Send the link below via email or IMCopy
Present to your audienceStart remote presentation
- Invited audience members will follow you as you navigate and present
- People invited to a presentation do not need a Prezi account
- This link expires 10 minutes after you close the presentation
- A maximum of 30 users can follow your presentation
- Learn more about this feature in our knowledge base article
Do you really want to delete this prezi?
Neither you, nor the coeditors you shared it with will be able to recover it again.
Make your likes visible on Facebook?
Connect your Facebook account to Prezi and let your likes appear on your timeline.
You can change this under Settings & Account at any time.
Ethnic Conflict Project - South Africa
Transcript of Ethnic Conflict Project - South Africa
The Independent. "Ethnic Cleansing: South Africa's Shame." The Independent. Independent Digital News and Media, 25 May 2008. Web. 26 Jan. 2013. <http://www.independent.co.uk/news/world/africa/ethnic-cleansing-south-africas-shame-
Irobi, Emmy G. "Ethnic Conflict Management in Africa: A Comparative Case Study of Nigeria and South Africa | Beyond Intractability." Ethnic Conflict Management in Africa: A Comparative Case Study of Nigeria and South Africa | Beyond Intractability. University of Colorado, May 2005. Web. 06 Feb. 2013. <http://www.beyondintractability.org/casestudy/irobi-ethnic>.
Smitha, Frank E. "Africa into the 1990s." South Africa and Apartheid. Frank E. Smitha., n.d. Web. 28 Jan. 2013. <http://www.fsmitha.com/h2/ch34-sa.htm>.
Stanford University. "The History of Apartheid in South Africa." The History of Apartheid in South Africa. Stanford University, n.d. Web. 26 Jan. 2013. <http://www-cs-students.stanford.edu/~cale/cs201/apartheid.hist.html> This is South Africa. By: Daniel Lupo, Michael Crotty, & Charlee Anderson Mini Timeline of Events: This is not. This is Lesotho: an entirely different country. Racism and Segregation 1685: Cape Colony forbids intermarriage
1853: Anyone could vote...as long as they were rich...
1913: Natives Land Act The Natives Land Act A law passed in 1913 by the Parliament of South Africa that stated only certain areas may be inhabited by natives. Certain Areas = about 7% of the total area of South Africa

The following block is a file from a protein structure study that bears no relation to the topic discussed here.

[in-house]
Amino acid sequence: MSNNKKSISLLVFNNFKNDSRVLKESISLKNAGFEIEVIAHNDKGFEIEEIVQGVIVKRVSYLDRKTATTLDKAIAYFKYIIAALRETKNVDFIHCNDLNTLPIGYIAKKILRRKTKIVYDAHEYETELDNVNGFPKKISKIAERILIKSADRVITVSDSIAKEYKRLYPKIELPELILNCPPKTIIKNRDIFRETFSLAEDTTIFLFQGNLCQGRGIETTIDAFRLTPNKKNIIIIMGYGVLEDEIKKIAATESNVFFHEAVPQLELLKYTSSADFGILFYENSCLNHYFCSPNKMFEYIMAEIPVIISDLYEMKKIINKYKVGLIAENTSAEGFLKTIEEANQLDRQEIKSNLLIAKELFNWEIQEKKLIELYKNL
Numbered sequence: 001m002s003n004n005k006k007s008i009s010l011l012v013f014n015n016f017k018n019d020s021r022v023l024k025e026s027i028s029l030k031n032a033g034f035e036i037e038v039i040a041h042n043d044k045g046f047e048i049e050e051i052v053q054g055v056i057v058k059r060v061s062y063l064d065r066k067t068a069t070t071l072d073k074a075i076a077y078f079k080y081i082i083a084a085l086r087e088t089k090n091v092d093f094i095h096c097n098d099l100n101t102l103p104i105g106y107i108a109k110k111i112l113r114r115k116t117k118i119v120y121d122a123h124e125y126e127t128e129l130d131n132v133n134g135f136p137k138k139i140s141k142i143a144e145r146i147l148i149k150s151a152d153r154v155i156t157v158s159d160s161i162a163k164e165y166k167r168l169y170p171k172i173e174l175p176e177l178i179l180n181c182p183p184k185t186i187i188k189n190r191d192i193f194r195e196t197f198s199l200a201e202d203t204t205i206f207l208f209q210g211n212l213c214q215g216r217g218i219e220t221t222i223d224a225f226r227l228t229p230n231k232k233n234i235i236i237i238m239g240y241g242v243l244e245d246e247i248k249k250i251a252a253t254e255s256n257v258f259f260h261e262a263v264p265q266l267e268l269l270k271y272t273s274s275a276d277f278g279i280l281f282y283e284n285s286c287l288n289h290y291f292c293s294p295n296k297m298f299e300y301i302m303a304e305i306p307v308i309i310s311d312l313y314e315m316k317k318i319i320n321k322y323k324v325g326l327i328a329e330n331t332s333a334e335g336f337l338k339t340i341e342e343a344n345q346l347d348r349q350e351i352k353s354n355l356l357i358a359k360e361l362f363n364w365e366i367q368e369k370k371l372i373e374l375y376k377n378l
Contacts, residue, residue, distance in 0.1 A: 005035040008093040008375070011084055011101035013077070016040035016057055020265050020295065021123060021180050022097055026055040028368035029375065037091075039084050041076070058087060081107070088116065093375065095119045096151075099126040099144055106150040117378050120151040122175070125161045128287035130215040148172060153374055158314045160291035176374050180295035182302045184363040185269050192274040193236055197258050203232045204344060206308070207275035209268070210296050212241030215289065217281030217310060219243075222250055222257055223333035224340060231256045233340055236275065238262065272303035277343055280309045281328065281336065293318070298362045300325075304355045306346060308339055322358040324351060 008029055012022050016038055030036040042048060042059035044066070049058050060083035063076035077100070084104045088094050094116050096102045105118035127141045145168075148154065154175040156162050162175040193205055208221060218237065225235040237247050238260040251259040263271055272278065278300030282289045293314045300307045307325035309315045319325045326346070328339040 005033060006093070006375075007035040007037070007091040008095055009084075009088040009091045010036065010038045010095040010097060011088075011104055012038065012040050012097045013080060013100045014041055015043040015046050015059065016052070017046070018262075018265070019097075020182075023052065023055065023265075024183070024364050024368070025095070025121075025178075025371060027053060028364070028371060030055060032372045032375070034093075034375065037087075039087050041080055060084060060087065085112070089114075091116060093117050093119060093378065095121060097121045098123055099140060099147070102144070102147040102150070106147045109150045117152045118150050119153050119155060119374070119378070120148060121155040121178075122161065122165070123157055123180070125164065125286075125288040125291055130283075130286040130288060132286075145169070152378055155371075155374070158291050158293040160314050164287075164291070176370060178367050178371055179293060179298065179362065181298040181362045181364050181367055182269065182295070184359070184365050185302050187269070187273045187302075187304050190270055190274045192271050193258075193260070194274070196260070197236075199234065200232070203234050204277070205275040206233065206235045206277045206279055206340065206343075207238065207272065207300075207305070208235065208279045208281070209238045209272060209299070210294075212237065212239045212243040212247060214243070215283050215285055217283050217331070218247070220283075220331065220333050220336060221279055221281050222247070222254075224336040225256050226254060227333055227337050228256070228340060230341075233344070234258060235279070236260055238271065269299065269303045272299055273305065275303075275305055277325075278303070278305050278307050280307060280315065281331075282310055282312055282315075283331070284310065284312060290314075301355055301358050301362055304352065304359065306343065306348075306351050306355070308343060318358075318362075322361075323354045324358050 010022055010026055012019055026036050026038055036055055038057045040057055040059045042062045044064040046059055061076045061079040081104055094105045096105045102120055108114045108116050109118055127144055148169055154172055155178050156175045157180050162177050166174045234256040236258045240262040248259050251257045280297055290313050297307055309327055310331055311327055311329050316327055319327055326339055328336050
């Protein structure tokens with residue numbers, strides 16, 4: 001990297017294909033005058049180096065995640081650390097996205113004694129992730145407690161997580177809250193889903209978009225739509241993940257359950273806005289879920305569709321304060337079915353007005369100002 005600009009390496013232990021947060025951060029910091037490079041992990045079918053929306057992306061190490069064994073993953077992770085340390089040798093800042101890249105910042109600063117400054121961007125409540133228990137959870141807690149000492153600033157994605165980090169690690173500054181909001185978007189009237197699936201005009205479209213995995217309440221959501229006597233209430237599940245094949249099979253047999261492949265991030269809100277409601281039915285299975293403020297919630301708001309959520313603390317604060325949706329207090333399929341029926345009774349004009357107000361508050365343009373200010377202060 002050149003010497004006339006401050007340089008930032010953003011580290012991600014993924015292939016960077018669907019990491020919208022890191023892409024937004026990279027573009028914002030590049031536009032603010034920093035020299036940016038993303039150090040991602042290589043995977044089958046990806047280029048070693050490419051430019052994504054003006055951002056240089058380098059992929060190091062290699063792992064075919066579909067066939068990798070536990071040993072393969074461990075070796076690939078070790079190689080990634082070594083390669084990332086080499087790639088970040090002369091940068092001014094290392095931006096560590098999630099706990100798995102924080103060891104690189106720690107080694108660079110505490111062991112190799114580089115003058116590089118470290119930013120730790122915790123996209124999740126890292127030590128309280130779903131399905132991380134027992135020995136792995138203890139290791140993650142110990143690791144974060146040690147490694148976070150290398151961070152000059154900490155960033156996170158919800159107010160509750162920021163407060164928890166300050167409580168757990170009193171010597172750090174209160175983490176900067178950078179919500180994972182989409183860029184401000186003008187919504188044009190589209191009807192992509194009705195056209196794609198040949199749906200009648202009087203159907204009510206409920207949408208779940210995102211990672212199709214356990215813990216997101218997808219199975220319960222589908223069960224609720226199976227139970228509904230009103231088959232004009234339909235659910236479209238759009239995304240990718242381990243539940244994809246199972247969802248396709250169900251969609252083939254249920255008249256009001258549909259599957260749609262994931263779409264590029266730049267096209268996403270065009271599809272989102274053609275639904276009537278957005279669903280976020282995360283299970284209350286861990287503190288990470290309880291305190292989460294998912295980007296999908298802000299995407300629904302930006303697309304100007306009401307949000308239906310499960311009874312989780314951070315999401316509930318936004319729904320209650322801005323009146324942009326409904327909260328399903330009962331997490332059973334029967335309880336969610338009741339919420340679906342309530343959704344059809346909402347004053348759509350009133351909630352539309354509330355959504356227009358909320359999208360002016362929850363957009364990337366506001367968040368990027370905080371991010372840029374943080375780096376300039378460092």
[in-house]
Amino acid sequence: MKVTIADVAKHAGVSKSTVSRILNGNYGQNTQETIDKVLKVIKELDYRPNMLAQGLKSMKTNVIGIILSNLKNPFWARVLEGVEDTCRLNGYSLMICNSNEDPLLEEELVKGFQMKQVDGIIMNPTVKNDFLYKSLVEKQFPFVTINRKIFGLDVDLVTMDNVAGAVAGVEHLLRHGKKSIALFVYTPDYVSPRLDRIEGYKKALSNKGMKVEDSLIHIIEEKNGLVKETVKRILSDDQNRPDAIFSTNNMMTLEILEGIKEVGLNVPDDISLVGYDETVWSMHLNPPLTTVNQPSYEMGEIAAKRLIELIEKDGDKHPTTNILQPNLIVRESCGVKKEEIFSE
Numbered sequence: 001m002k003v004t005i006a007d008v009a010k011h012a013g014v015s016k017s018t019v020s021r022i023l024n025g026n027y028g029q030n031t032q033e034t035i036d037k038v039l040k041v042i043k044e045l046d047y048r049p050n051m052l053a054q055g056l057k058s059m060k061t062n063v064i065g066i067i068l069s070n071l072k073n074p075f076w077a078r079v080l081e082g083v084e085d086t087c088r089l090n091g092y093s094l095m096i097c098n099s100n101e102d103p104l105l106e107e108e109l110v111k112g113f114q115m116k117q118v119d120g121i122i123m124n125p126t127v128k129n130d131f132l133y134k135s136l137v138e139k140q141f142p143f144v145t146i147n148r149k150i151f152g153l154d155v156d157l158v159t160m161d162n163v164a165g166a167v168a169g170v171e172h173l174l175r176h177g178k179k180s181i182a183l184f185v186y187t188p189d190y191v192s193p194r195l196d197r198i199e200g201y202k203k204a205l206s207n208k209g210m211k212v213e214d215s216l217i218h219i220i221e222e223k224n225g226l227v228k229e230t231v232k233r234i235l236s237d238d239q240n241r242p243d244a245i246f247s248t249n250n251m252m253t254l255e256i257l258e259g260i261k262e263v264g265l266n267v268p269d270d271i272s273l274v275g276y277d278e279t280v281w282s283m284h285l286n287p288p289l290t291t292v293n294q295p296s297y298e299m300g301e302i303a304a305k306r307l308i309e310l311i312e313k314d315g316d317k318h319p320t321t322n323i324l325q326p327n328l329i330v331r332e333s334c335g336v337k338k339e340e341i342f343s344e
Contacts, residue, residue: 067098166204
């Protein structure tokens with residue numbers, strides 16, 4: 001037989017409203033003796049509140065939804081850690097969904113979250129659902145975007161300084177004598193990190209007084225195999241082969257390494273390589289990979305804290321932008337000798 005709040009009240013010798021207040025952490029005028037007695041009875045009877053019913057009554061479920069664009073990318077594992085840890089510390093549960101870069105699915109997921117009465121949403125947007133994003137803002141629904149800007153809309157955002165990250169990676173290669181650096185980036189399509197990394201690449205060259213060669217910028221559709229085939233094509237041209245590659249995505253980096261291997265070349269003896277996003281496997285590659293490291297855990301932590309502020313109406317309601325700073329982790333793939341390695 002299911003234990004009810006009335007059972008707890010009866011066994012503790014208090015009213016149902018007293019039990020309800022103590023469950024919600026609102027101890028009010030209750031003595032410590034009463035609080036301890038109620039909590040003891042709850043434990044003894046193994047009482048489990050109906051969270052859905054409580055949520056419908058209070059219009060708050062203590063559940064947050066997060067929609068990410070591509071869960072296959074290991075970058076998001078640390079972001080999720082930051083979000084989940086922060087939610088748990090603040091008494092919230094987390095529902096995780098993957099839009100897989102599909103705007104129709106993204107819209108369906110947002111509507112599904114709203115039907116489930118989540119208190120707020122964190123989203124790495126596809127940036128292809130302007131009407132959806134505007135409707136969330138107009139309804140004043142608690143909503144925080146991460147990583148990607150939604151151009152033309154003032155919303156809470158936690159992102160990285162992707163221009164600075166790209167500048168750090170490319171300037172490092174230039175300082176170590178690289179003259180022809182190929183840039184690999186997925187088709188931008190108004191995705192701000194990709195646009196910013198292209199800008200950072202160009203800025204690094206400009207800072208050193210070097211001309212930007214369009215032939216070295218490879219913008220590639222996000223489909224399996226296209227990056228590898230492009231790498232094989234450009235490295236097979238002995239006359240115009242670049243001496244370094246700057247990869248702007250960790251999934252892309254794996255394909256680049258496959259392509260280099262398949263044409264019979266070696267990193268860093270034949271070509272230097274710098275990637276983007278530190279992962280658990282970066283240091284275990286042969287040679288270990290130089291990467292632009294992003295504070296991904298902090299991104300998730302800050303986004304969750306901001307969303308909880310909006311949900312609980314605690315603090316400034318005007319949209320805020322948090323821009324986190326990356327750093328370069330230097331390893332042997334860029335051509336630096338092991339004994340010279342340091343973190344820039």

Racial Segregation became more prominent. Quick Facts: How many people have been affected?
In what ways? The entire population has been affected by the apartheid in South Africa. The apartheid forced families to move from their homes to other regions that have more people of the same ethnicity. The separations caused prejudice and racism throughout South Africa. Natives were the ones most effected by the apartheid; blacks could not attend the same schools or be colleagues with whites while harshly making their job circle smaller. As of 2011, population = 51,770,560
11 Official Languages
Type of Government: Constitutional parliamentary republic
South Africa has 3 capitals: Pretoria (administrative), Bloemfontein (judicial), and Cape Town (legislative) How apartheid has affected people... Globally Regionally Locally Currently, South Africa is still picking up the pieces of its past; yet, it is also moving forward in various aspects.
Many black citizens have made it to middle class status within the past two decades.
2006: The first African country to legalize gay marriage
Part of organizations including the United Nations and the World Trade Organization
Another issue: women's rights smaller labor force fewer skilled laborers growth of slums racism segregation unemployment cheap labor for other nations global awareness enhanced social action large income disparities ruined international ties increased crime rates Inequality of access to education The apartheid affected the majority of the population and segregated South Africa. The apartheid started in the mining regions of south Africa to give jobs to the whites. Many ethnic groups where transported many miles away from their homes. Police would escort people that lived in mixed ethnic area to another area. What Is the Spatial Extent Of This Conflict? Thanks For Watching! 1994:
Nelson Mandela becomes president of South Africa